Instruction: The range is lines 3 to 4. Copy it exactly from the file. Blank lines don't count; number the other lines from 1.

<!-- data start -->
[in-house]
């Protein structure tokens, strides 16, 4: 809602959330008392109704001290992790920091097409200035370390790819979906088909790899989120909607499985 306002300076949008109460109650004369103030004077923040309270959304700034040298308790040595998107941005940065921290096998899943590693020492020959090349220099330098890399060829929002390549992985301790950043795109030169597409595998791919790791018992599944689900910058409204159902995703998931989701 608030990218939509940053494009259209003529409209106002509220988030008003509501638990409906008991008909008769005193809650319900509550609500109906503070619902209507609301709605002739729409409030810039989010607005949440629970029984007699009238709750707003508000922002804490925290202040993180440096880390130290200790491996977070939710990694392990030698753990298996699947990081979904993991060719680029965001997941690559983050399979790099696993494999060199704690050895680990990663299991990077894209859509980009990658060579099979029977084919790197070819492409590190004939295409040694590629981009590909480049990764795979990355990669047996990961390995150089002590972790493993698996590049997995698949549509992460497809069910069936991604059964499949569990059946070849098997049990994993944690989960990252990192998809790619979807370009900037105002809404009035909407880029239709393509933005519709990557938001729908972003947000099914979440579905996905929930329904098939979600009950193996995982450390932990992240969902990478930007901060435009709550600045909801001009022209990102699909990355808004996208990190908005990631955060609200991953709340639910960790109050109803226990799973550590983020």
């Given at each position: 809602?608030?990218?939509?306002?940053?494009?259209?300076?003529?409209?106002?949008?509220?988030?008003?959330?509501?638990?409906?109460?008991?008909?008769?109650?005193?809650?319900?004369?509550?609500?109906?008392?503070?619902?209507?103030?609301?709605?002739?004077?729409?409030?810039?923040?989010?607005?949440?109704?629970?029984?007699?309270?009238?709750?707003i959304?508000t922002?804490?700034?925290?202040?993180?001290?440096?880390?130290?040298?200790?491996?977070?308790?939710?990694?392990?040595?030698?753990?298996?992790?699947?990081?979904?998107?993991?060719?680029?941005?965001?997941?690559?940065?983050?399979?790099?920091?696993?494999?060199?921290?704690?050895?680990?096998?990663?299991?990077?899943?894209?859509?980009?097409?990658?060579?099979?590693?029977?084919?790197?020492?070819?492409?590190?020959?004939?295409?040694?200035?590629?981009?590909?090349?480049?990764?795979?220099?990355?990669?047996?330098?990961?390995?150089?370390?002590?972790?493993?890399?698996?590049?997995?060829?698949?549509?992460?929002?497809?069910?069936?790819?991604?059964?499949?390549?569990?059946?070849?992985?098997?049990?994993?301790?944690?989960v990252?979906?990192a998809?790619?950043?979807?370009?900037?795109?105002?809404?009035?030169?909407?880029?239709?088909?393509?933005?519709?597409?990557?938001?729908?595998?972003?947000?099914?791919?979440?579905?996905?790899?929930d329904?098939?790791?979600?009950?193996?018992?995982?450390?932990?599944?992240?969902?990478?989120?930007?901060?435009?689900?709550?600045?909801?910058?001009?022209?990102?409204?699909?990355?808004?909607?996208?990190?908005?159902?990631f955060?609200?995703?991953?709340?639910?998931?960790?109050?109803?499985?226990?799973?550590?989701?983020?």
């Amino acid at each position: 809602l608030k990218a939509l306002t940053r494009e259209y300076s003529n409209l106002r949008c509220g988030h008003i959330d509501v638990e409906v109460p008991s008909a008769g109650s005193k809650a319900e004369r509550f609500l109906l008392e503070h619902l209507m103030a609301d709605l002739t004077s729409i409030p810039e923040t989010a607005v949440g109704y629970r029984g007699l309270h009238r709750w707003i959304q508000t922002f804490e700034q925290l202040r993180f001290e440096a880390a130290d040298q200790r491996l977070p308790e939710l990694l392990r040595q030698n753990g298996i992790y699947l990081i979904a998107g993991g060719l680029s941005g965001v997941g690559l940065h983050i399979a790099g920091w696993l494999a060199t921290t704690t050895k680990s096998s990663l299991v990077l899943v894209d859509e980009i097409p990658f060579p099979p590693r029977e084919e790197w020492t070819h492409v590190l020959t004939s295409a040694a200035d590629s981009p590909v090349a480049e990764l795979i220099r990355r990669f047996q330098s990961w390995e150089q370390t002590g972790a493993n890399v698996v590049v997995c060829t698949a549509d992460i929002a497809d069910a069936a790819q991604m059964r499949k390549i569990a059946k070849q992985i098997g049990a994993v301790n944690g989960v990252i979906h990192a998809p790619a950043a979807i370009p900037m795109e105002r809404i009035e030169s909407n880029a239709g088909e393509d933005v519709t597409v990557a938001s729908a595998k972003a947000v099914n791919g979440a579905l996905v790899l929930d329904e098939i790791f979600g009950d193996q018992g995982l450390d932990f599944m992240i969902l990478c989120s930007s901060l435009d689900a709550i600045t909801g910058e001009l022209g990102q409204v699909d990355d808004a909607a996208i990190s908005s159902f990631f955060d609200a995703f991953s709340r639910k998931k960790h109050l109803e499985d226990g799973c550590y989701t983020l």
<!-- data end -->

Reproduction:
């Given at each position: 809602?608030?990218?939509?306002?940053?494009?259209?300076?003529?409209?106002?949008?509220?988030?008003?959330?509501?638990?409906?109460?008991?008909?008769?109650?005193?809650?319900?004369?509550?609500?109906?008392?503070?619902?209507?103030?609301?709605?002739?004077?729409?409030?810039?923040?989010?607005?949440?109704?629970?029984?007699?309270?009238?709750?707003i959304?508000t922002?804490?700034?925290?202040?993180?001290?440096?880390?130290?040298?200790?491996?977070?308790?939710?990694?392990?040595?030698?753990?298996?992790?699947?990081?979904?998107?993991?060719?680029?941005?965001?997941?690559?940065?983050?399979?790099?920091?696993?494999?060199?921290?704690?050895?680990?096998?990663?299991?990077?899943?894209?859509?980009?097409?990658?060579?099979?590693?029977?084919?790197?020492?070819?492409?590190?020959?004939?295409?040694?200035?590629?981009?590909?090349?480049?990764?795979?220099?990355?990669?047996?330098?990961?390995?150089?370390?002590?972790?493993?890399?698996?590049?997995?060829?698949?549509?992460?929002?497809?069910?069936?790819?991604?059964?499949?390549?569990?059946?070849?992985?098997?049990?994993?301790?944690?989960v990252?979906?990192a998809?790619?950043?979807?370009?900037?795109?105002?809404?009035?030169?909407?880029?239709?088909?393509?933005?519709?597409?990557?938001?729908?595998?972003?947000?099914?791919?979440?579905?996905?790899?929930d329904?098939?790791?979600?009950?193996?018992?995982?450390?932990?599944?992240?969902?990478?989120?930007?901060?435009?689900?709550?600045?909801?910058?001009?022209?990102?409204?699909?990355?808004?909607?996208?990190?908005?159902?990631f955060?609200?995703?991953?709340?639910?998931?960790?109050?109803?499985?226990?799973?550590?989701?983020?």
């Amino acid at each position: 809602l608030k990218a939509l306002t940053r494009e259209y300076s003529n409209l106002r949008c509220g988030h008003i959330d509501v638990e409906v109460p008991s008909a008769g109650s005193k809650a319900e004369r509550f609500l109906l008392e503070h619902l209507m103030a609301d709605l002739t004077s729409i409030p810039e923040t989010a607005v949440g109704y629970r029984g007699l309270h009238r709750w707003i959304q508000t922002f804490e700034q925290l202040r993180f001290e440096a880390a130290d040298q200790r491996l977070p308790e939710l990694l392990r040595q030698n753990g298996i992790y699947l990081i979904a998107g993991g060719l680029s941005g965001v997941g690559l940065h983050i399979a790099g920091w696993l494999a060199t921290t704690t050895k680990s096998s990663l299991v990077l899943v894209d859509e980009i097409p990658f060579p099979p590693r029977e084919e790197w020492t070819h492409v590190l020959t004939s295409a040694a200035d590629s981009p590909v090349a480049e990764l795979i220099r990355r990669f047996q330098s990961w390995e150089q370390t002590g972790a493993n890399v698996v590049v997995c060829t698949a549509d992460i929002a497809d069910a069936a790819q991604m059964r499949k390549i569990a059946k070849q992985i098997g049990a994993v301790n944690g989960v990252i979906h990192a998809p790619a950043a979807i370009p900037m795109e105002r809404i009035e030169s909407n880029a239709g088909e393509d933005v519709t597409v990557a938001s729908a595998k972003a947000v099914n791919g979440a579905l996905v790899l929930d329904e098939i790791f979600g009950d193996q018992g995982l450390d932990f599944m992240i969902l990478c989120s930007s901060l435009d689900a709550i600045t909801g910058e001009l022209g990102q409204v699909d990355d808004a909607a996208i990190s908005s159902f990631f955060d609200a995703f991953s709340r639910k998931k960790h109050l109803e499985d226990g799973c550590y989701t983020l």